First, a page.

Draft Competition Commission (Amendment) Bill 2020: RSTV – Big Picture

Rajya Sabha TV programs like ‘The Big Picture’, ‘In Depth’ and ‘India’s World’ are informative programs that are important for UPSC preparation. In this article, you can read about the discussions held in the ‘Big Picture’ episode on “Draft Competition Commission (Amendment) Bill 2020” for the IAS exam.

Candidates can download the PDF as well as watch the episode at the end of the article.

Aspirants can find information on the structure and other important details related to the IAS Exam,in the linked article.

Background of the bill

  • The Indian Government constituted the Competition Law Review Committee in 2018, with a view to updating the Competition Act, 2002.
  • The Committee submitted its report to the Government in 2019. 
  • Based on the recommendations made in the report, the Ministry of Corporate Affairs (MCA) has introduced a draft Competition (Amendment) Bill, 2020 to overhaul the Act.
  • The notification of the Government invites comments from the public on the Draft Bill until 6 March 2020. 
  • The Draft Bill proposes certain significant amendments to the Act, including:
    • Imprisonment for non-compliance with directions of the Director General
    • Commitment and settlement procedure in non-cartel cases
    • The more expeditious combination review process, and
    • Constitution of a Governing Board for non-adjudicatory functions.  

To know more about Government Ministries and other Departments, visit the linked article.

What is the role of the Competition Commission of India?

  • Competition Commission of India (CCI) is a statutory body of the Indian Government, which is responsible for enforcement of The Competition Act, 2002.
  • The primary objective of the Competition Commission of India is to promote a competitive environment that is conducive to the free flow of trade, efficiency and innovation that brings more choices and better quality and prices of goods and services to consumers.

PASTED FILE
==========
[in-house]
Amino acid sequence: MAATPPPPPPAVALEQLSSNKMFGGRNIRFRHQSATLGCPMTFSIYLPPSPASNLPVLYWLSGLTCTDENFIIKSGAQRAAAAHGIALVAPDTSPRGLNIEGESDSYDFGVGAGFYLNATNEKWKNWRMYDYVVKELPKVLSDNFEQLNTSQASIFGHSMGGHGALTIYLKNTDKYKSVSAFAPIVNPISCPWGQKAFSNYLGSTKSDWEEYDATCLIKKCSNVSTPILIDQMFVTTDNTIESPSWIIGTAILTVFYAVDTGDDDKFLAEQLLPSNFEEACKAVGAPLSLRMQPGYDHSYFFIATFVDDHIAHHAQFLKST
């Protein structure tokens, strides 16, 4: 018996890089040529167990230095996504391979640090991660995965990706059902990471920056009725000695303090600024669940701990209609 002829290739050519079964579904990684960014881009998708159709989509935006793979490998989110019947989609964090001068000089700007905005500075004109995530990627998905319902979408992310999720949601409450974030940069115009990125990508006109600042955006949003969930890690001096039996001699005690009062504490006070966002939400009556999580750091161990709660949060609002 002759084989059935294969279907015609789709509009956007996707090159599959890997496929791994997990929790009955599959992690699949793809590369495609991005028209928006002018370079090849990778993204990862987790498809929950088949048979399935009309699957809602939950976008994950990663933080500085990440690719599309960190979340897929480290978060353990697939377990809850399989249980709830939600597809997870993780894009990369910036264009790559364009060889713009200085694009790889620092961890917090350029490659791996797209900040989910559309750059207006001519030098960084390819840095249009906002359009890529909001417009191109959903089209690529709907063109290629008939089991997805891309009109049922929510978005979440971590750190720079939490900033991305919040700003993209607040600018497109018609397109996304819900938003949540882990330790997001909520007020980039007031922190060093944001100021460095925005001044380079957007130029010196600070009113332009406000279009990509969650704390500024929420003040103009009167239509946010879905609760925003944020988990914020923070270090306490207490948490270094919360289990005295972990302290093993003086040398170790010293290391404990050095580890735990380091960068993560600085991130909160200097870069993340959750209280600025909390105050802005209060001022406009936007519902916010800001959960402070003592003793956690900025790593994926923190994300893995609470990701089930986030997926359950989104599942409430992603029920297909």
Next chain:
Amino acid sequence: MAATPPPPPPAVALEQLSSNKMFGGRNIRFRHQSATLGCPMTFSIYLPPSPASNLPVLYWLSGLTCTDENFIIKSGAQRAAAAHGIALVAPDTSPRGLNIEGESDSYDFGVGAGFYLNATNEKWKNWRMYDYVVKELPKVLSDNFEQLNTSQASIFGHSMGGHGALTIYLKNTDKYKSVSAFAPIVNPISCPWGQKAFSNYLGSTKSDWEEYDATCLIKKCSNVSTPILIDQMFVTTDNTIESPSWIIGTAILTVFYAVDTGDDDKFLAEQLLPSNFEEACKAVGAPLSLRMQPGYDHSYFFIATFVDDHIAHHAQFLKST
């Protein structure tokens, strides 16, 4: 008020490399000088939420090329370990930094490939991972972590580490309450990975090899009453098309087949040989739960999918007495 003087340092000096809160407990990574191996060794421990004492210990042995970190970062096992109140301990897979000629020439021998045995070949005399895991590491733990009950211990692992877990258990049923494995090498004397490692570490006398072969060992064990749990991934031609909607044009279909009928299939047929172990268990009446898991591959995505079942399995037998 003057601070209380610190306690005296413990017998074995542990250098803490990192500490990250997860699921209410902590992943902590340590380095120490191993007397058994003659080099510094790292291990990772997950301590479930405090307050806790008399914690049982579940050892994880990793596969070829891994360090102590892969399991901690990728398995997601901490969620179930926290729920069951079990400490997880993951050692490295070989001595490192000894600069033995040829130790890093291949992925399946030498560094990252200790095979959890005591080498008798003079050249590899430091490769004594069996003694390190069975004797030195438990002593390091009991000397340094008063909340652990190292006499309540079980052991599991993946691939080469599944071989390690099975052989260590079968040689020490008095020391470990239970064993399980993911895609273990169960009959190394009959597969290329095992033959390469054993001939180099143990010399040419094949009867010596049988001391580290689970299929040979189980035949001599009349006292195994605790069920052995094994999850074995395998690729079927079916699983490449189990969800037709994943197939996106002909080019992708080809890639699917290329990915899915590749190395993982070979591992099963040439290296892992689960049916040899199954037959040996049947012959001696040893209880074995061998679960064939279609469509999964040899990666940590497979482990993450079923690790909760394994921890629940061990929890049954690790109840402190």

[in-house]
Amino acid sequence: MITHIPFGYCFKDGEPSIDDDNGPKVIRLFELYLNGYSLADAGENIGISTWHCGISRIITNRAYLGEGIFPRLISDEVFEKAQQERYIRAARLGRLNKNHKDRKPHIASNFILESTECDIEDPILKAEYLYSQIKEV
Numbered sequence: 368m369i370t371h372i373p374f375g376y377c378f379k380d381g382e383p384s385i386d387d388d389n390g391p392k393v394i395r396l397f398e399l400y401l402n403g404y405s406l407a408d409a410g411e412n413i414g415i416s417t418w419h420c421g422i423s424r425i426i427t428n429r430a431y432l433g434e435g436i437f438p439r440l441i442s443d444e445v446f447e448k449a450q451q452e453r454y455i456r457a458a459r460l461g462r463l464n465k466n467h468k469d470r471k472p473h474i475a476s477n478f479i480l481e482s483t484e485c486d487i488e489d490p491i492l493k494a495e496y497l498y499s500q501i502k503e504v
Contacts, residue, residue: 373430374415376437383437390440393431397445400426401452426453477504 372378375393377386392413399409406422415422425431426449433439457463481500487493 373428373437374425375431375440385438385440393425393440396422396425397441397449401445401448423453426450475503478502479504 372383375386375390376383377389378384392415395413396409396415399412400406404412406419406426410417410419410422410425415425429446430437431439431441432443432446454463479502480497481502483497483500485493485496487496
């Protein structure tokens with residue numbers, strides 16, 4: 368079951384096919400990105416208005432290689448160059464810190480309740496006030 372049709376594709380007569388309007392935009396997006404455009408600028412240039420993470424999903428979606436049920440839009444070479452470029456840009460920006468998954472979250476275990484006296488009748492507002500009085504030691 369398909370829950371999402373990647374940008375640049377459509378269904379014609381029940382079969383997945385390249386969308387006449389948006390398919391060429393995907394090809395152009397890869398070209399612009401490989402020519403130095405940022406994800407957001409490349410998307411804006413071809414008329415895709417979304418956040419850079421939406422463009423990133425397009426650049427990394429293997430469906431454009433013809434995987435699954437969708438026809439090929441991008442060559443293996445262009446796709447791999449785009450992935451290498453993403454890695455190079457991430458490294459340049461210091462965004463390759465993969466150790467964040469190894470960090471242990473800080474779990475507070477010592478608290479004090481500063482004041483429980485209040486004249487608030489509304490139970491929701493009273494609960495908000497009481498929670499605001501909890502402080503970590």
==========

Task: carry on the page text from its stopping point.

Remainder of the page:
• The role of the CCI is to ensure the prevalence of a healthy, and fair competition in the market. It is also responsible for regulating any unfair activities which might have any effect on the competition of the market.

What is the need for the Competition Commission (amendment) Bill 2020?

  • Competition laws are required to ensure fair play and protection for both the players who are providing the goods and services and for the consumers who are the recipients of the services. 
  • The Competition Commission of India has existed for more than ten years. During this period it has gathered information regarding the loopholes, weaknesses, procedural issues and mistakes in the Competition Act, 2002.
    • The amendment bill seeks to address such issues, and the amendments are based on the recommendations of the Competition Law Review Committee. It has also taken into account the considerations of the stakeholders.
  • The amendments are focussed on facilitating the ease of doing business and lessening the burden of the CCI. 

What are the key amendments being proposed?

  • One of the key amendments being proposed in the Draft bill is to strengthen the process of making regulations within the Competition law. 
    • The regulations would be followed by open public comments and consultations.